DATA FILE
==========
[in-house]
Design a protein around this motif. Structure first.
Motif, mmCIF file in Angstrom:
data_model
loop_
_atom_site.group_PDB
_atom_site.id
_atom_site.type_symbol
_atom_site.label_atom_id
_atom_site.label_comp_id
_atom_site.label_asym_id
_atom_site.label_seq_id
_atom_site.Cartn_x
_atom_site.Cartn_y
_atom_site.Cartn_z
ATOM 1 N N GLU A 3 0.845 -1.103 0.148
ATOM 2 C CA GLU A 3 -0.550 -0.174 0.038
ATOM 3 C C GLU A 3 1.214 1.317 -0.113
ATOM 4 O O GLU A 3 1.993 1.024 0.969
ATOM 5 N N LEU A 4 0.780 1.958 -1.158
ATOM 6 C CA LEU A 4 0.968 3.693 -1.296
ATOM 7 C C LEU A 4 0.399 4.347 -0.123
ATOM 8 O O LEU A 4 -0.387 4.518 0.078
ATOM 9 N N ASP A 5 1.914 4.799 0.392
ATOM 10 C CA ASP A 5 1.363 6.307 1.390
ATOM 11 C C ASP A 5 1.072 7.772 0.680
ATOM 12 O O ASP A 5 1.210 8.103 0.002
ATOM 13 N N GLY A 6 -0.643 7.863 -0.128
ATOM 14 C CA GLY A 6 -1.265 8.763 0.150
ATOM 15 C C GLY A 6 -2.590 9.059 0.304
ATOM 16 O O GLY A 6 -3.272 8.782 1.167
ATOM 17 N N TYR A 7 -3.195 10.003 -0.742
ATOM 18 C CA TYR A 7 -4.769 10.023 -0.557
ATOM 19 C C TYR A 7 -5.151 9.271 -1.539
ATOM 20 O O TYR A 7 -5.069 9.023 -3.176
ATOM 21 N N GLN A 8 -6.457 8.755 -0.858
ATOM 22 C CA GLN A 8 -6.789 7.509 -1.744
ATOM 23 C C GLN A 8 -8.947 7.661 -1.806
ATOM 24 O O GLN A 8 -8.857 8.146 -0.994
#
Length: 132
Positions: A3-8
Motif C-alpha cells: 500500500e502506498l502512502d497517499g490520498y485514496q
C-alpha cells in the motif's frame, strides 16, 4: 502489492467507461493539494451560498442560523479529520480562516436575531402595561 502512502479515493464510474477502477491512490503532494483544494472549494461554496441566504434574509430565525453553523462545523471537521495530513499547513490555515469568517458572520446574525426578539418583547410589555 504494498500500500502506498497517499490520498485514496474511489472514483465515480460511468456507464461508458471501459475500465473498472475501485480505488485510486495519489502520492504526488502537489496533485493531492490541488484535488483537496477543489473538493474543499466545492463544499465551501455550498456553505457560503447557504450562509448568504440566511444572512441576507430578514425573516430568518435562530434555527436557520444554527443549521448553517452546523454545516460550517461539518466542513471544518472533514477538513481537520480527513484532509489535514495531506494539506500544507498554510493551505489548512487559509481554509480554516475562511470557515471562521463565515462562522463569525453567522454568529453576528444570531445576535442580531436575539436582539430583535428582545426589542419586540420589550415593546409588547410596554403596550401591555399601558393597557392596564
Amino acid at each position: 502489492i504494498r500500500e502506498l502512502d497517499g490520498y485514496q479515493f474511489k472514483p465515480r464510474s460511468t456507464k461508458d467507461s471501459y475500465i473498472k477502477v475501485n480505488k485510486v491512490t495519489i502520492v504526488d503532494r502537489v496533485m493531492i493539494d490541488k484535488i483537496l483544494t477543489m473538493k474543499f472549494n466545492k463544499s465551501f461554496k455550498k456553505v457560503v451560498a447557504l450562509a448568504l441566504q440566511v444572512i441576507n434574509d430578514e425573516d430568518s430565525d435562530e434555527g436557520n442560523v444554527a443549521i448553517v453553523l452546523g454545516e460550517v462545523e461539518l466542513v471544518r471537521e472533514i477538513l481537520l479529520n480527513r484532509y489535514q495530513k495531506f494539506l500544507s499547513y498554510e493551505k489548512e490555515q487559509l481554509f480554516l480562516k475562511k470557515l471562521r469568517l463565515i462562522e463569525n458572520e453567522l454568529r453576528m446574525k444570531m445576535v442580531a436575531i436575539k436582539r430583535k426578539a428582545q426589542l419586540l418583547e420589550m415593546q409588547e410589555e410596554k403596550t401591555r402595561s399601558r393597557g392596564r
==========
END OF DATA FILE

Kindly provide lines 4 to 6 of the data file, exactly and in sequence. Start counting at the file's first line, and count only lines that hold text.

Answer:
data_model
loop_
_atom_site.group_PDB